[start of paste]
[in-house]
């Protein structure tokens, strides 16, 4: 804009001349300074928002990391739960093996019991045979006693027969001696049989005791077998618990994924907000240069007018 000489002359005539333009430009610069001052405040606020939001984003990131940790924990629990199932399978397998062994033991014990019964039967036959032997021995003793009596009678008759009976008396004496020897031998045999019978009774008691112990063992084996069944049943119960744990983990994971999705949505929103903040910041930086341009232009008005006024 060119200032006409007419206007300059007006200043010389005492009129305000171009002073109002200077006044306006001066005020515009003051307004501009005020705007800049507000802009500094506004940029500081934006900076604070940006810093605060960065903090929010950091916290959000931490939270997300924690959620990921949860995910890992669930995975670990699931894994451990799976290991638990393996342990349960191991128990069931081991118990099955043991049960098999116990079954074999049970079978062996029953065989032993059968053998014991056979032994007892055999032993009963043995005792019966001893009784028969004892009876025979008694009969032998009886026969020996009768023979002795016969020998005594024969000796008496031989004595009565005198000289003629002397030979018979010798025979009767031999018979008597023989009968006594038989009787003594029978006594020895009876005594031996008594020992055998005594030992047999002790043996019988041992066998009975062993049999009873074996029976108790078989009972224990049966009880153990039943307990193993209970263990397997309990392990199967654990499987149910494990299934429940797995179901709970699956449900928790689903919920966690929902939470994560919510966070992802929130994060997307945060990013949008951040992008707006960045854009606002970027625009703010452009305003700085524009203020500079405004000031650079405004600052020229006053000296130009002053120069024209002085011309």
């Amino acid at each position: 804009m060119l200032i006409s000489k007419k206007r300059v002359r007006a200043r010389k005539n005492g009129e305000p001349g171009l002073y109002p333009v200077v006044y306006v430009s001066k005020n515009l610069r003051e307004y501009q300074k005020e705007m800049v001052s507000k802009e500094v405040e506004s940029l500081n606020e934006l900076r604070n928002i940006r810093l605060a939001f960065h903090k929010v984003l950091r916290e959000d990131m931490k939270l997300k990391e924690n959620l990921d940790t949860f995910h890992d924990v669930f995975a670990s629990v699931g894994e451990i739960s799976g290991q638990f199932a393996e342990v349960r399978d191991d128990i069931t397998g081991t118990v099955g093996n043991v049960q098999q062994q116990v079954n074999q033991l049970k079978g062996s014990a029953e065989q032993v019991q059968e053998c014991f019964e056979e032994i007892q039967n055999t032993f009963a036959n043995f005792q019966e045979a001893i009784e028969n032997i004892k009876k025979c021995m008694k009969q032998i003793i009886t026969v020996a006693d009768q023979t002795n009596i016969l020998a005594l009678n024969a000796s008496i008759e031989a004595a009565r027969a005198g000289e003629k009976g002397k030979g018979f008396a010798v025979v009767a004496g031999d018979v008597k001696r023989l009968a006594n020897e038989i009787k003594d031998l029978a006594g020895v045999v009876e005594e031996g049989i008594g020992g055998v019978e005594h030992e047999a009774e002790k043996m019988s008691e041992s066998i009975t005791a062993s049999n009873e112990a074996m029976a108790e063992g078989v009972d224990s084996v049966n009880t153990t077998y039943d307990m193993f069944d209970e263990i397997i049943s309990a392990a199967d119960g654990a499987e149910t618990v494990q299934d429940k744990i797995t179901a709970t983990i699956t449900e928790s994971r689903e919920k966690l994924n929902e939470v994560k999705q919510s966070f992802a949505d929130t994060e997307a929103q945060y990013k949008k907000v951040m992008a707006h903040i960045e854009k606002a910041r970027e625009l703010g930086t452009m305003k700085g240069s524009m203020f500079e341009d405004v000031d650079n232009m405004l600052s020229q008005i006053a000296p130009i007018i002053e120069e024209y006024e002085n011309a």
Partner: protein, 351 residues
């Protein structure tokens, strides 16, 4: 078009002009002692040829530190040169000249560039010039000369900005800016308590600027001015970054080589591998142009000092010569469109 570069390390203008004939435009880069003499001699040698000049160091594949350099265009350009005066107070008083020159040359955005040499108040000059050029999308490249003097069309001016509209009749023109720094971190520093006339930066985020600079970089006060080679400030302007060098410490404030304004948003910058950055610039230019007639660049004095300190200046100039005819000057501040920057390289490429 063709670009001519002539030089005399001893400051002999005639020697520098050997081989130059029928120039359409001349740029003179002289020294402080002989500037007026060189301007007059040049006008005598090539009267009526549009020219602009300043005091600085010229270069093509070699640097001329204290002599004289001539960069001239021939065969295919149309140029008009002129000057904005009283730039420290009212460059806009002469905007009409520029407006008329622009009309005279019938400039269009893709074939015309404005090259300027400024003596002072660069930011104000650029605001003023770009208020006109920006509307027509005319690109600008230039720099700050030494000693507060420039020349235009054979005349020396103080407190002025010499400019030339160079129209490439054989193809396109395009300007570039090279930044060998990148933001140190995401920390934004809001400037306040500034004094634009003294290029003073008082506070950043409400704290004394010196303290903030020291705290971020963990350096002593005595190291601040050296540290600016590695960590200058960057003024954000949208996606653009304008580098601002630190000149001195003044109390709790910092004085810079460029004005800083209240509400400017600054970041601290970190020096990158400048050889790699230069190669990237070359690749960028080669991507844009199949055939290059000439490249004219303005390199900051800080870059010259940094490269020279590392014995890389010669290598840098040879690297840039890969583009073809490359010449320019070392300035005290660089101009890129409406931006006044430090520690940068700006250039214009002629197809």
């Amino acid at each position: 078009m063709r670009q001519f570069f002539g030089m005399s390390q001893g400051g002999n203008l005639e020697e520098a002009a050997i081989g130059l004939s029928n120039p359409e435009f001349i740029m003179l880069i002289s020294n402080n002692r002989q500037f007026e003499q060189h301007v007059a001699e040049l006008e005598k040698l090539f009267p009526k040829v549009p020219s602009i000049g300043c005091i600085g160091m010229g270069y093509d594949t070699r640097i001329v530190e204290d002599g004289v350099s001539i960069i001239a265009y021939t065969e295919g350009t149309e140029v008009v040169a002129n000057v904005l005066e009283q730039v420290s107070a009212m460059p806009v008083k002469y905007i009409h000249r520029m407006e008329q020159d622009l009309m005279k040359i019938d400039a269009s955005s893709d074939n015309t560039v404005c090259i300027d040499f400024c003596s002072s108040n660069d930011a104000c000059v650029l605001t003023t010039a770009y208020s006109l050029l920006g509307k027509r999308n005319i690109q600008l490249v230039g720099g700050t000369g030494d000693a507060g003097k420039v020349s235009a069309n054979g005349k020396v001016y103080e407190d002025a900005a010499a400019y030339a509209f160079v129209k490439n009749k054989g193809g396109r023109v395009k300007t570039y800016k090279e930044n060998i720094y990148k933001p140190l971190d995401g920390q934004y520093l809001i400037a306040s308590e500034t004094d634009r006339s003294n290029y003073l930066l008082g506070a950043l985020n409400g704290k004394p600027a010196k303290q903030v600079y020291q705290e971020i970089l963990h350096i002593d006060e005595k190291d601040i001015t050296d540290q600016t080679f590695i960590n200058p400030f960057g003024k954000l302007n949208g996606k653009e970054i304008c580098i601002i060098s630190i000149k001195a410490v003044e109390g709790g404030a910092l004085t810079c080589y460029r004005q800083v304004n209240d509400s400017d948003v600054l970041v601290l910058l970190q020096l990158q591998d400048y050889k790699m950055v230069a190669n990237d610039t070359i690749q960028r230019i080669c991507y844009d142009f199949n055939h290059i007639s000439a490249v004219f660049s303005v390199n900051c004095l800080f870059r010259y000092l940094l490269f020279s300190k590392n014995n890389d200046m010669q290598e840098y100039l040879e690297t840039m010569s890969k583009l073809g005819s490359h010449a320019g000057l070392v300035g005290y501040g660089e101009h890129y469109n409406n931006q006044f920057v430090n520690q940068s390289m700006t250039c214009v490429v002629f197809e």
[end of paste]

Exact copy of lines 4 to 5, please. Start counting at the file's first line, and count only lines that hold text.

Partner: protein, 351 residues
């Protein structure tokens, strides 16, 4: 078009002009002692040829530190040169000249560039010039000369900005800016308590600027001015970054080589591998142009000092010569469109 570069390390203008004939435009880069003499001699040698000049160091594949350099265009350009005066107070008083020159040359955005040499108040000059050029999308490249003097069309001016509209009749023109720094971190520093006339930066985020600079970089006060080679400030302007060098410490404030304004948003910058950055610039230019007639660049004095300190200046100039005819000057501040920057390289490429 063709670009001519002539030089005399001893400051002999005639020697520098050997081989130059029928120039359409001349740029003179002289020294402080002989500037007026060189301007007059040049006008005598090539009267009526549009020219602009300043005091600085010229270069093509070699640097001329204290002599004289001539960069001239021939065969295919149309140029008009002129000057904005009283730039420290009212460059806009002469905007009409520029407006008329622009009309005279019938400039269009893709074939015309404005090259300027400024003596002072660069930011104000650029605001003023770009208020006109920006509307027509005319690109600008230039720099700050030494000693507060420039020349235009054979005349020396103080407190002025010499400019030339160079129209490439054989193809396109395009300007570039090279930044060998990148933001140190995401920390934004809001400037306040500034004094634009003294290029003073008082506070950043409400704290004394010196303290903030020291705290971020963990350096002593005595190291601040050296540290600016590695960590200058960057003024954000949208996606653009304008580098601002630190000149001195003044109390709790910092004085810079460029004005800083209240509400400017600054970041601290970190020096990158400048050889790699230069190669990237070359690749960028080669991507844009199949055939290059000439490249004219303005390199900051800080870059010259940094490269020279590392014995890389010669290598840098040879690297840039890969583009073809490359010449320019070392300035005290660089101009890129409406931006006044430090520690940068700006250039214009002629197809």